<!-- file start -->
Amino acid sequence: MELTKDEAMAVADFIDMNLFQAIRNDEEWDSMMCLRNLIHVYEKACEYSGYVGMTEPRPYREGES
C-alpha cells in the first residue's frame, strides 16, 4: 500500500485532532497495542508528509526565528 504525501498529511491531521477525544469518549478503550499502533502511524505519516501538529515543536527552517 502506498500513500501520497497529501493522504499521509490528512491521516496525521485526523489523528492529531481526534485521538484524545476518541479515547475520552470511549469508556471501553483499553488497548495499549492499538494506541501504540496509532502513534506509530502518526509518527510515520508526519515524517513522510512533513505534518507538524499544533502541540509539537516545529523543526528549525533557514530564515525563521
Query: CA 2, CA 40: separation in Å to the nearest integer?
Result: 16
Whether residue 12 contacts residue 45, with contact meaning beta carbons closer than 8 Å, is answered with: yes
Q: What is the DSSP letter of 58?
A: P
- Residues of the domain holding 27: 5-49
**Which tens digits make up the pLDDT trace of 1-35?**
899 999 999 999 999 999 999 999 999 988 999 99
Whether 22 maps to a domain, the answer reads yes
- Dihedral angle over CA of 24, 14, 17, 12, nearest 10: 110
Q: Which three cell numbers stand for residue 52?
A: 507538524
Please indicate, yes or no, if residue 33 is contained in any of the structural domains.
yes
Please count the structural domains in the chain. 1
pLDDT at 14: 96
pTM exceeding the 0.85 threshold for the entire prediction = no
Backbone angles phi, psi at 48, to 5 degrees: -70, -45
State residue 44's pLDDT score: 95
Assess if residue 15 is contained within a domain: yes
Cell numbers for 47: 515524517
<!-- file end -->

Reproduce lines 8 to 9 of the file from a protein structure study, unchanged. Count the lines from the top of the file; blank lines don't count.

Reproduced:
- Residues of the domain holding 27: 5-49
**Which tens digits make up the pLDDT trace of 1-35?**